The Sairécabur Receiver Lab Telescope lies at an elevation of 5.525m (18,127ft) above the sea level and is located approximately 38 km (24 mi) northeast of San Pedro de Atacama, and directly south of the Putana Volcano, on the border between Bolivia and Chile, on the Cerro Sairécabur. The road is unpaved and you can get there by 4x4. It's one of the highest roads of the country.
This spectacular high mountain path starts in San Pedro de Atacama at 2.400m above the sea level, and climbs continuously for 60km. At 5.300m of altitude there’s a mine of sulfur. The telescope is situated at an altitude of over 5.500m. To 5.400m the surface is OK and if you’re fit and well acclimatized it’s all rideable, but above this most people will find themselves pushing.
Due its unique location and the climb in elevation over thousands of feet, and passing through remote areas, it is important when driving in these conditions to be prepared. All food must be taken from San Pedro, and it’s best to carry all water from there too as that on the mountain is said to be contaminated with sulphur. Sairecabur volcano has a huge crater at 5.500m above sea level. You can get there by car (4x4 of course) and stop at the Receiver Lab Telescope facility. It is really windy and cold, and the access road to Cerro Sairecabur is not signposted at all and quite hard to find. A sudden drop in the temperature, even in summer, can trigger winter-like conditions. It's one of the highest roads on Earth.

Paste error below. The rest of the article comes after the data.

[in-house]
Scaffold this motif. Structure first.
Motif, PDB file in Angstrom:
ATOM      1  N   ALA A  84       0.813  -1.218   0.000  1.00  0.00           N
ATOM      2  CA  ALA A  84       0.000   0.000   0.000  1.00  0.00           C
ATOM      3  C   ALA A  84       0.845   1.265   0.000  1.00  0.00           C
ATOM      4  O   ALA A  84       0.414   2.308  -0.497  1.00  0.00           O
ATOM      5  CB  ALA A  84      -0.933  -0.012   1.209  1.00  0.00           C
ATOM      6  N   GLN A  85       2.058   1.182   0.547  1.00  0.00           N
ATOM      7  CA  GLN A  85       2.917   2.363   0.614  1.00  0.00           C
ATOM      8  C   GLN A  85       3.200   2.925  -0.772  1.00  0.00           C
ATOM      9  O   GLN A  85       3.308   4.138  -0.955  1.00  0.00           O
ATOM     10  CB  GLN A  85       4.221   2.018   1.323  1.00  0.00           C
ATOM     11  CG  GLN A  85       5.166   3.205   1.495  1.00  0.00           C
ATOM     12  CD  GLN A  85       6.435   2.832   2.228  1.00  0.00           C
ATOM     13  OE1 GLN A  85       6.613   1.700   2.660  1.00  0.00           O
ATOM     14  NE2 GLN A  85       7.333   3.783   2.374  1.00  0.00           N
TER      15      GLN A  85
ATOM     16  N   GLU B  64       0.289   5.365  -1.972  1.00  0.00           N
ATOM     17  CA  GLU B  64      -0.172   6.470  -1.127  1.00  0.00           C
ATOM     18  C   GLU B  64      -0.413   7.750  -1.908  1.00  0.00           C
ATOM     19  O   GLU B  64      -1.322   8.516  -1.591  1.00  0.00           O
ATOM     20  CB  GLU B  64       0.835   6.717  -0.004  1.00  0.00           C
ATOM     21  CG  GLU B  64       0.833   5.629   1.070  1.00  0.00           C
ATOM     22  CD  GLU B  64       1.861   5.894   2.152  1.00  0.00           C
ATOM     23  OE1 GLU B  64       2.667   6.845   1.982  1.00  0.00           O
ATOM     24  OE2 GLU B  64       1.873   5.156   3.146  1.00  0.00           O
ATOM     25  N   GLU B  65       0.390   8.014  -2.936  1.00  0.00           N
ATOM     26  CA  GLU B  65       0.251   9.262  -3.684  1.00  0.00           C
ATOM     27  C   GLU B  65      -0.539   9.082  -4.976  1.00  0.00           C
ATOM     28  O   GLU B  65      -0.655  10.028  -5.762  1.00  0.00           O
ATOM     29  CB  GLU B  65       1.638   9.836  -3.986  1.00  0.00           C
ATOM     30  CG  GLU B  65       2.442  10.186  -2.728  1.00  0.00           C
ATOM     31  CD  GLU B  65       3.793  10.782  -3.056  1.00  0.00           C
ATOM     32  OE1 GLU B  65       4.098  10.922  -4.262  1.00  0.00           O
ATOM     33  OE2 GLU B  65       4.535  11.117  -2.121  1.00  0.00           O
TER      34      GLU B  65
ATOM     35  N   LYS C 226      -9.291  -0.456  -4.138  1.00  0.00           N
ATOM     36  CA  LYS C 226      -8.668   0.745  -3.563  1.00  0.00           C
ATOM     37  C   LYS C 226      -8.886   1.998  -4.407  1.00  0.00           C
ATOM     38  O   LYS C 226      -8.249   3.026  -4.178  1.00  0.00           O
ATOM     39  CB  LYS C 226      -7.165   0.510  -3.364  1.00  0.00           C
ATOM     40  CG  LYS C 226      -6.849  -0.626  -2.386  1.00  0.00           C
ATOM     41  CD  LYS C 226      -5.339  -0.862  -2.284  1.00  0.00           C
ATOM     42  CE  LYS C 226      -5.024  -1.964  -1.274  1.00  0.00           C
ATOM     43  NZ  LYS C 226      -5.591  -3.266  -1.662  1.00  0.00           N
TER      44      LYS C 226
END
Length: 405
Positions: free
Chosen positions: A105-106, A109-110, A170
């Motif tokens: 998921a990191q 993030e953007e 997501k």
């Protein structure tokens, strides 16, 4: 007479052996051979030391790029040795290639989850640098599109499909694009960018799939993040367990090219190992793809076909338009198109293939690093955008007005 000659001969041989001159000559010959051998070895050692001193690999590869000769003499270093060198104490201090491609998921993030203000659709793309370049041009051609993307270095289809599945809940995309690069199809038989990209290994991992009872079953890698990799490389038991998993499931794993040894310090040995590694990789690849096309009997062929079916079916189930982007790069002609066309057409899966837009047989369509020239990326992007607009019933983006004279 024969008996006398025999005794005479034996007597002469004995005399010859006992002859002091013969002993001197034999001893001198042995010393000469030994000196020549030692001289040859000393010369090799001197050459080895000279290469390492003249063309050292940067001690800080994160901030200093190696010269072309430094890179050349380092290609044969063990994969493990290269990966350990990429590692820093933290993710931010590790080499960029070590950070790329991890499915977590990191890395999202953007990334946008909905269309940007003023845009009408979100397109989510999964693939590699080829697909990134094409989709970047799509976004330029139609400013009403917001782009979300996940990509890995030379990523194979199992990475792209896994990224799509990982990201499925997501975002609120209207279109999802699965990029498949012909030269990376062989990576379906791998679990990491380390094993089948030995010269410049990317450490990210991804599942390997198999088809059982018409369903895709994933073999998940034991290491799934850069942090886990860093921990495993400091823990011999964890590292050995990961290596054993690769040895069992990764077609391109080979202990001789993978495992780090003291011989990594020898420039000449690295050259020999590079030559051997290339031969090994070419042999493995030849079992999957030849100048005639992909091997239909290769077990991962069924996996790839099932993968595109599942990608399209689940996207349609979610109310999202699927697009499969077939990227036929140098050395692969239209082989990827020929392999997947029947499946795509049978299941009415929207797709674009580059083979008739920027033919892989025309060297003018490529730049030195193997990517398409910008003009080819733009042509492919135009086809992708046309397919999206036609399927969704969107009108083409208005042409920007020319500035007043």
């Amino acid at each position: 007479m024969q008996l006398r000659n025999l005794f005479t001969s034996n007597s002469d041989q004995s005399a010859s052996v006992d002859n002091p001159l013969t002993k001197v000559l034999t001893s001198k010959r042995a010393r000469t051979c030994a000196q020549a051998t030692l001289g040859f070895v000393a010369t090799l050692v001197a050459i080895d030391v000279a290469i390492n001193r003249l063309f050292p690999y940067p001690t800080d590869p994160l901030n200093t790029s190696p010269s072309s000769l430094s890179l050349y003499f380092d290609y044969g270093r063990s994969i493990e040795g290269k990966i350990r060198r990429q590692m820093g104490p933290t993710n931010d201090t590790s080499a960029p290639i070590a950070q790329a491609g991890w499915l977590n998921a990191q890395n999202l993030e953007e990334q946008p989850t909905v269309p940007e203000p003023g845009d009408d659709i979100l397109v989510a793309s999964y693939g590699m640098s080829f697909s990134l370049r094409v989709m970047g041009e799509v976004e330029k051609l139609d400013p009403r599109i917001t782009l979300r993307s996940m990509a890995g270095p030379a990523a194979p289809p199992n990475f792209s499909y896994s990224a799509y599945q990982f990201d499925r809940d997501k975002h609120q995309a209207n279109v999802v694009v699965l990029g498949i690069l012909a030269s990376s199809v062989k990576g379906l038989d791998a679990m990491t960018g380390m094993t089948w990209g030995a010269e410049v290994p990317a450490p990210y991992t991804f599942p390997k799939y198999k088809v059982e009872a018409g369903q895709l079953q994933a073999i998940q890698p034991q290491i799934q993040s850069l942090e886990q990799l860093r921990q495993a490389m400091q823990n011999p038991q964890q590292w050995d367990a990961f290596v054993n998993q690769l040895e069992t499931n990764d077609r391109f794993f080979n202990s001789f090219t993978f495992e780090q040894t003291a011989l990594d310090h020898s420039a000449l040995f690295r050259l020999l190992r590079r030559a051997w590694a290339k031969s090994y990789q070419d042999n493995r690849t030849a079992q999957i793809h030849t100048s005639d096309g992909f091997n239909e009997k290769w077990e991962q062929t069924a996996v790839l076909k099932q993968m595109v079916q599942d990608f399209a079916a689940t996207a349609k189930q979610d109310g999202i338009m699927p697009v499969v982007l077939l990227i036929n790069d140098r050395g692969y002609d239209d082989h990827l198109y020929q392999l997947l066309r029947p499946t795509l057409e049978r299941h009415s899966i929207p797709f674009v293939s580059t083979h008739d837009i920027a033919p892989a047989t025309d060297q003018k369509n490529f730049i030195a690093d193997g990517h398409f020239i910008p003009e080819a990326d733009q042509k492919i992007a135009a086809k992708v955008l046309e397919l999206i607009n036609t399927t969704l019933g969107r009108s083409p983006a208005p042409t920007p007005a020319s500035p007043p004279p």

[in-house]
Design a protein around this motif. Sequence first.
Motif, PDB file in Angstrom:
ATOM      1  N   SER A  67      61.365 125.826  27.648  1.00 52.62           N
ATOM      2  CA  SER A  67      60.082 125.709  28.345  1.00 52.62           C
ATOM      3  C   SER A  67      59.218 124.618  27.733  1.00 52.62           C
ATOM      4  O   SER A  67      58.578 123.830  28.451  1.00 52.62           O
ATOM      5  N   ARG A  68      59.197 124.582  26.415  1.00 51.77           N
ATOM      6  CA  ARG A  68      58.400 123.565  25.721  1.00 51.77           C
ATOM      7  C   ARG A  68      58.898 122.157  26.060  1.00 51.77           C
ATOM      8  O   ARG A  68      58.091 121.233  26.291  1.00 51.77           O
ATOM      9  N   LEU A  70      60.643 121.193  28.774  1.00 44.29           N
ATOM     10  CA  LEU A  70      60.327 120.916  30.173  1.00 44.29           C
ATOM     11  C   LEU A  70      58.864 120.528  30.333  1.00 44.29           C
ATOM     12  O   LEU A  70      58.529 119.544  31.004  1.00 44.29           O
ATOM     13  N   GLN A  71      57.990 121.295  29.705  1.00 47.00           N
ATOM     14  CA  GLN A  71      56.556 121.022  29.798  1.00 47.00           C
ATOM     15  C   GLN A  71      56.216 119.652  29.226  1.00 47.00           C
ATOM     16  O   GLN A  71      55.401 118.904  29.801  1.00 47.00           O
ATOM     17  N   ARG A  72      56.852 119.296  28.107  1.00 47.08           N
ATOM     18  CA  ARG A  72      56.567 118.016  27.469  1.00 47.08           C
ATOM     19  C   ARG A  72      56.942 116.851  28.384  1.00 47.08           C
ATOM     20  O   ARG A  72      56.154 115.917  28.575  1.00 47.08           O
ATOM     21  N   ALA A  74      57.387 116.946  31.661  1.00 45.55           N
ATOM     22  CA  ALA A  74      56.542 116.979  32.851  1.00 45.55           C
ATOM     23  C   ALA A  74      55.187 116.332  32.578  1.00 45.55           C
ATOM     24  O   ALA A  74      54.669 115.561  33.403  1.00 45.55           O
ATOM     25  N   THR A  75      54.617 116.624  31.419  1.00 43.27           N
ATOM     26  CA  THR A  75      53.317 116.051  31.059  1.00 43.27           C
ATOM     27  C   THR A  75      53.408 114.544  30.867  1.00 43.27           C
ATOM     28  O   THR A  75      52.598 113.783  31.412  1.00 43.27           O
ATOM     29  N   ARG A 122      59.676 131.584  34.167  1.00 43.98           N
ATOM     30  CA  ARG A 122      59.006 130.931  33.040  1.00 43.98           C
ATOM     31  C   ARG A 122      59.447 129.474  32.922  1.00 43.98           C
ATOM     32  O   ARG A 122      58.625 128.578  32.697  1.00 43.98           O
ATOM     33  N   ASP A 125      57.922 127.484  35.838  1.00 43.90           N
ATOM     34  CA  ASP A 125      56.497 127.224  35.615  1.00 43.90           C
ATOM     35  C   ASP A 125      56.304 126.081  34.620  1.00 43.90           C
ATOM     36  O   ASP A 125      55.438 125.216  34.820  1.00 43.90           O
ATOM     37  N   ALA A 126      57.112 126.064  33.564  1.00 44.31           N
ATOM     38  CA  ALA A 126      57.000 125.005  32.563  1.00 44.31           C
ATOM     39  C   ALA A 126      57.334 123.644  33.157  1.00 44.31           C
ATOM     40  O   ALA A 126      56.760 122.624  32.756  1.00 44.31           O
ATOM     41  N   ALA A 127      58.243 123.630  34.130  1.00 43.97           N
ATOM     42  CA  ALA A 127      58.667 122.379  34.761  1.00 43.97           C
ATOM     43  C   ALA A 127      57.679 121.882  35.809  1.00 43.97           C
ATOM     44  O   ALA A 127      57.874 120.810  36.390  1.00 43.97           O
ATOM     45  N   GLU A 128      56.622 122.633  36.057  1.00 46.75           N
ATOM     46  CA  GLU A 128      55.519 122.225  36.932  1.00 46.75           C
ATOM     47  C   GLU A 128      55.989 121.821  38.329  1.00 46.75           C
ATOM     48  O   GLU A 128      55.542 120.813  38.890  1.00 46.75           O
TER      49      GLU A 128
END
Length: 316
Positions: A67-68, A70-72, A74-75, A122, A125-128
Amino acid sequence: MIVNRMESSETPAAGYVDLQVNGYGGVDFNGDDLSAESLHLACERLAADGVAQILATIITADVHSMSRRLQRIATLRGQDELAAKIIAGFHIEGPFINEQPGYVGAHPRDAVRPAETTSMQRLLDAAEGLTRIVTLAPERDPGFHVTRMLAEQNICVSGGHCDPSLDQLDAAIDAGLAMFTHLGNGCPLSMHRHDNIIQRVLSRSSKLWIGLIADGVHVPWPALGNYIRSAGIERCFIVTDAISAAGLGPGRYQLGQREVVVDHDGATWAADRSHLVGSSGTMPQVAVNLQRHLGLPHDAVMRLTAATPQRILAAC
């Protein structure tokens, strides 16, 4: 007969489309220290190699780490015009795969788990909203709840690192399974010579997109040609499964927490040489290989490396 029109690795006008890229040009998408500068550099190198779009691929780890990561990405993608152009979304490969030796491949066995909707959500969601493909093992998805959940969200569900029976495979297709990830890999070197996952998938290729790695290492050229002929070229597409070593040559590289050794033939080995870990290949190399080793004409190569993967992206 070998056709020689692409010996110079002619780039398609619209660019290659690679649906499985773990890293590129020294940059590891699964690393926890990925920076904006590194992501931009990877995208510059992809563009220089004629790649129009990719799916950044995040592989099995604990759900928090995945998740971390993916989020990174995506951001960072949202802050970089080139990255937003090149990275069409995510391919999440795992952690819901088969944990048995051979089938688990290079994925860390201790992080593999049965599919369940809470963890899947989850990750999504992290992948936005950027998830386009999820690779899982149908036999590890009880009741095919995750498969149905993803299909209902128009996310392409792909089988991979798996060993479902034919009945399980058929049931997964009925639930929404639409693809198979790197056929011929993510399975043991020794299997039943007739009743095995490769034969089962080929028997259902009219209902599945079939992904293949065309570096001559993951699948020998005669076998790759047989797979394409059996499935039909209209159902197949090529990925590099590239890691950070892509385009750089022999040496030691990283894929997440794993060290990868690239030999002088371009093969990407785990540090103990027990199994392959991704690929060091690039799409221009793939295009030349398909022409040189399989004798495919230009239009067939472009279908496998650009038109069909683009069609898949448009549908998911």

The climb is simply terrible, with a notorius lack of oxygen that tests the organisms and a high degree of steepness. If you don't acclimatize for that mountain, you can get a serious altitude sickness, such as cerebral edema or pulmonary edema. Don't underestimate the volcano, it is a hard and cold climb especially if you never reached that altitude before. It has a well-deserved reputation for being dangerous. East of the pass, an abandoned long mining dirt road climbs up to 5.753m (18,874ft) above the sea level to a mountain outcast. The trip is essentially horrendous. (-22.725181, -67.885623). It’s one of the highest roads of South America.
Pic: Dani Canga